Sure, kids are cute in real life. But when it comes to capturing them with your digital point-and-shoot camera, they can be as elusive as leprechauns.
Digital point and shoots are great general-use cameras. But most of them are plagued by a phenomenon called shutter lag: the response time from the moment you push the shutter button to when the picture is actually captured is too long, sometimes as long as a second. In kid photography, a second might as well be a week.
This next section of this hack provides ways to increase your odds of success with point and shoots. But first, if you want to cut right over to the fast lane, consider getting a digital SLR (DSLR), which has a much faster response time and performs better overall. DSLRs look and behave just like your favorite 35mm single lens reflex (SLR) cameras of years past, but they have a sophisticated image sensor instead of film.
Not long ago, this wouldn't be practical advice for parents, because DSLRs were just too darned expensive. But you no longer have to choose between a camera and a college fund. Both Canon and Nikon have introduced quality DSLRs for under US$1,000, and more are sure to be on the way. The Canon Digital Rebel and the Nikon D70 are two examples of DSLRs that will help you keep up with your kids without maxing out your credit card.
DSLRs have minimal shutter lag times, allow for generous sequential shooting, accept a variety of lenses, and enable you to use external flash. In other words, they are perfect for action, er, kid photography.
Now that you know what your next camera should be, how do you get the most out of the one in your hand? OK, here are some tips to increase your odds of success.
First, get everyone outdoors, where there's more light, better backgrounds, and lots of things for kids to do. Then, make these three adjustments on your camera:
This enables you to later crop out part of the picture, yet still have enough pixel information to make a good-sized print. It's like adding a powerful telephoto lens to your little point and shoot.
Essentially, this disables the autofocus (which is slow as mud on most consumer digicams) and lets you capture perfectly focused images from about eight feet to infinity. By doing so, you've just shortened the length of time from when you push the shutter button to when the image is recorded. This also allows you to hang back a few feet, so you're not spending all your energy chasing kids around instead of photographing them.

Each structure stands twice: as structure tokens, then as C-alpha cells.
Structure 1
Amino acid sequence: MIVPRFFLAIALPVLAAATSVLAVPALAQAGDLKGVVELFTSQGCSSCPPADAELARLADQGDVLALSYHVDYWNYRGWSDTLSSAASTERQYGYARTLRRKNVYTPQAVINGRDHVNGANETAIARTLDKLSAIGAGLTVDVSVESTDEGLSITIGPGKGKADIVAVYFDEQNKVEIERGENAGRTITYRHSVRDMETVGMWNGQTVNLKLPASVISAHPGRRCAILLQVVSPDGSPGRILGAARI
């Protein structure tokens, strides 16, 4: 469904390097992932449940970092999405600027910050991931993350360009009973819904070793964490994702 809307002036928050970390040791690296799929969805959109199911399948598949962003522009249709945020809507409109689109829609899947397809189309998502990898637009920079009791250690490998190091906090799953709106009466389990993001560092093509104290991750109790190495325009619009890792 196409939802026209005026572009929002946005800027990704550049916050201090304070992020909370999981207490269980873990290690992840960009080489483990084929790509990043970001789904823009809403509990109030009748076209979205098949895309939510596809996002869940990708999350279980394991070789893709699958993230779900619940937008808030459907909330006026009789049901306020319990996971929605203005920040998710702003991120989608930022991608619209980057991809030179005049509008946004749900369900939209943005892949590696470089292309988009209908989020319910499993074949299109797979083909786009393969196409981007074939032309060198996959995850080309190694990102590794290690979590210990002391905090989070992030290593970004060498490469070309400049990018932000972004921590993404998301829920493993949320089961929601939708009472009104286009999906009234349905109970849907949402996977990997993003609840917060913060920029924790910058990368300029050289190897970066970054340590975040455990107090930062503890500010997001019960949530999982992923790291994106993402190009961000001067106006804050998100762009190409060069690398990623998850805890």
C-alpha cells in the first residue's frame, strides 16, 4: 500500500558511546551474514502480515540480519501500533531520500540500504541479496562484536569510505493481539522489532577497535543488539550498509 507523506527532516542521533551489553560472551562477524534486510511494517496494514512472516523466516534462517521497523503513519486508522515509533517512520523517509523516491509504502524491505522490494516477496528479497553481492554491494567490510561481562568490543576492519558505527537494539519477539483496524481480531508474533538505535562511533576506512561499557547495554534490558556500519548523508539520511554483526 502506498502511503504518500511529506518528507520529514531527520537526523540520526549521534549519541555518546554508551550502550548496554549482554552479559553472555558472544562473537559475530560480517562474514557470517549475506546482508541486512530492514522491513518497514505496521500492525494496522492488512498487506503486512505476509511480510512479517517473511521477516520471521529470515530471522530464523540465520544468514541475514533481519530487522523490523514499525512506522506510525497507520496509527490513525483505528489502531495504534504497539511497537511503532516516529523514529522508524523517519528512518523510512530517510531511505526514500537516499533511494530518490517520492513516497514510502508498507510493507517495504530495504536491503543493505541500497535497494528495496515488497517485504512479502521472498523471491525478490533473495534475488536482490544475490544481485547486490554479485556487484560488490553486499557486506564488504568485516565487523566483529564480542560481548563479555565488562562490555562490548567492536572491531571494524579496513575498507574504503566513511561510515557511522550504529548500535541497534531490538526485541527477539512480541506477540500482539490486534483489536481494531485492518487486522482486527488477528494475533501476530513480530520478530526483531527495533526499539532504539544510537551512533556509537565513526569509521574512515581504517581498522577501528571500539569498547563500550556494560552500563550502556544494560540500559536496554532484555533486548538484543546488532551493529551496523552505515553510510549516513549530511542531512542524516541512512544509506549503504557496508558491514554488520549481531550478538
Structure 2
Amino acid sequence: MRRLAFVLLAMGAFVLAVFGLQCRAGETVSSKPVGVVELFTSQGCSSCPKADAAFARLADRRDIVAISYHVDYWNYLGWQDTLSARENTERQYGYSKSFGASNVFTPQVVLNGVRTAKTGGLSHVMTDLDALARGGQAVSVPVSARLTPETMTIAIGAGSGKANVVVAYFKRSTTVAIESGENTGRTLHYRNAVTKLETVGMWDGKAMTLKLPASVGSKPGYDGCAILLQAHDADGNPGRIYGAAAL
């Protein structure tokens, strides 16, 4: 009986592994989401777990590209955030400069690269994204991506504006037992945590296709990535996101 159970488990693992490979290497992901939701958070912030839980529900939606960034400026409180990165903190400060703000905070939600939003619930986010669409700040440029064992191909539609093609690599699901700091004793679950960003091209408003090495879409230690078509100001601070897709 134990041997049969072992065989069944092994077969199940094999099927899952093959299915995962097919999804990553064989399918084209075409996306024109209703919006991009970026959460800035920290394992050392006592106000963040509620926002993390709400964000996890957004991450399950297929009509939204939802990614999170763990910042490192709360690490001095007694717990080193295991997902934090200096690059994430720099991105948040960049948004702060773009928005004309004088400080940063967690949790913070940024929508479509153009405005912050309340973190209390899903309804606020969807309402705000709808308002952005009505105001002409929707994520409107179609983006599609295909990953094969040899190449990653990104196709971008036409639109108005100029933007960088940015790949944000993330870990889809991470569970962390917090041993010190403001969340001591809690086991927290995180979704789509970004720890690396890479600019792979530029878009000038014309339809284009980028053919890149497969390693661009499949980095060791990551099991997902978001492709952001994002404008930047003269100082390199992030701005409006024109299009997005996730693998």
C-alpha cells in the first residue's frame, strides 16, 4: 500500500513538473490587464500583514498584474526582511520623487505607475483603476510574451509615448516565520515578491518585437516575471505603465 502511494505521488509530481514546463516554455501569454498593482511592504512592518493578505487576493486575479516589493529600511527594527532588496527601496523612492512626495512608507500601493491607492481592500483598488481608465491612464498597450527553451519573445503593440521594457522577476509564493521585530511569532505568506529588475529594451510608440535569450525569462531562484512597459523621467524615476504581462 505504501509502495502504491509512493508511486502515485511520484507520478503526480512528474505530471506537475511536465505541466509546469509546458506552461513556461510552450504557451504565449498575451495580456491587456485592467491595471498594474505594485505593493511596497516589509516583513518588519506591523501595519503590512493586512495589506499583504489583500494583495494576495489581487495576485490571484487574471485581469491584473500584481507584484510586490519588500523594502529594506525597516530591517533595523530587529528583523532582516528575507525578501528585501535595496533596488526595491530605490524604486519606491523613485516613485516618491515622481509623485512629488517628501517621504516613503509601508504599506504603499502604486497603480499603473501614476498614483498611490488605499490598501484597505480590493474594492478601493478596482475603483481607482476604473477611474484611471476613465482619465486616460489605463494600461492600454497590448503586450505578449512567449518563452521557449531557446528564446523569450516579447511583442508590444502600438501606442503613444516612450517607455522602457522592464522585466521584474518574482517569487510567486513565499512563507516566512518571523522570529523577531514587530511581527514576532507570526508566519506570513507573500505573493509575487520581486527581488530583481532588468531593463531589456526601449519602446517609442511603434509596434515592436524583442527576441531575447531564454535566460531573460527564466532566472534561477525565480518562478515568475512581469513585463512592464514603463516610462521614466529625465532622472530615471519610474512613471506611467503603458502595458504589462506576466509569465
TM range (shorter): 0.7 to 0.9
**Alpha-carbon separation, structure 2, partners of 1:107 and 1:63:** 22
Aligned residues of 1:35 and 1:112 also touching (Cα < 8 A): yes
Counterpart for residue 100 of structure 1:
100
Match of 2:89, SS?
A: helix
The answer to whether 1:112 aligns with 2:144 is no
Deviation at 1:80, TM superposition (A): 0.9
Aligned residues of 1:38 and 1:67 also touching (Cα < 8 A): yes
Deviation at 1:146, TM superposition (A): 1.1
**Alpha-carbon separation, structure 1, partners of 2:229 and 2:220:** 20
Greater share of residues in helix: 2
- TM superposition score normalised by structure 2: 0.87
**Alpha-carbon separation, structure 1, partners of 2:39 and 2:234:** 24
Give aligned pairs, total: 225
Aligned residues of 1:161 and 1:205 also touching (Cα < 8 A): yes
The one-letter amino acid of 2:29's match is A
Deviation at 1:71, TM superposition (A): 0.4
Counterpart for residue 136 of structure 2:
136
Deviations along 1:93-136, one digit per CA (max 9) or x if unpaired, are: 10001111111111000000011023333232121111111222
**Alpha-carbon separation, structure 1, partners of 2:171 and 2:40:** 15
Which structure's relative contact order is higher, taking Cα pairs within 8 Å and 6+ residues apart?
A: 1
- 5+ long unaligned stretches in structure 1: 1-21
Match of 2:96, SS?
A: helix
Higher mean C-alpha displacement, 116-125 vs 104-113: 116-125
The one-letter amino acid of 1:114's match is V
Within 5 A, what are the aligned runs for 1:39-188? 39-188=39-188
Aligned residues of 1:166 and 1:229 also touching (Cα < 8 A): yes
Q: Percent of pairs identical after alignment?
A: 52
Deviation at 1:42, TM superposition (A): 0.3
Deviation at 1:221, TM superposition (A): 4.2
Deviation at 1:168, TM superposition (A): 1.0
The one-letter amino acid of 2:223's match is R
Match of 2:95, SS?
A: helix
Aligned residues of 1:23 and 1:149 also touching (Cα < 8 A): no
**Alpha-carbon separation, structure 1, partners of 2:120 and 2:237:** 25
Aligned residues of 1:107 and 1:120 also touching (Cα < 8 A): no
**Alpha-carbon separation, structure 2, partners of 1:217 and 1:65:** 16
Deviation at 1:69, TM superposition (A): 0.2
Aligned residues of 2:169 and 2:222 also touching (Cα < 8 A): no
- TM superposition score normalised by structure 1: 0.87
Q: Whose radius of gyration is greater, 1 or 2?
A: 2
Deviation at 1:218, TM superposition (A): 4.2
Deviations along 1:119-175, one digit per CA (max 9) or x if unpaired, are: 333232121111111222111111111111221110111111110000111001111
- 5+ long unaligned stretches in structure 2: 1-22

Instead of taking a bunch of single shots and missing the action, Continuous Shooting mode lets you hold down the shutter button and fire a series of frames. The knack to this is starting the sequence right before the decisive moment and shooting through it. Then, review your pictures on the LCD screen, remove the obvious misses, and keep the winners.
Here are a few other things to keep in mind. Arrange your shoots for the time of day that your children feel the best. They will cooperate more and act less fussy. Remember to get down low, at their level, for the most intimate photographs. If you can engage them in an activity, such as playing with their favorite toy, you will get more natural expressions and fewer posed-looking shots. Don't be afraid to bribe them with treats either, such as a slice of apple, to get them to slow down just a bit (see Figure 2-3).
Once you're back on the computer, select a few of your favorite images to refine. Use the cropping tool to select the most interesting aspects of the image and discard the rest. I recommend you copy the image (using the Save As command) before resizing it, just so you have the original handy if you want to crop it another way later on.
Now, make your print or send it as an attachment to show others how utterly beautiful, brilliant, and charming your kids are.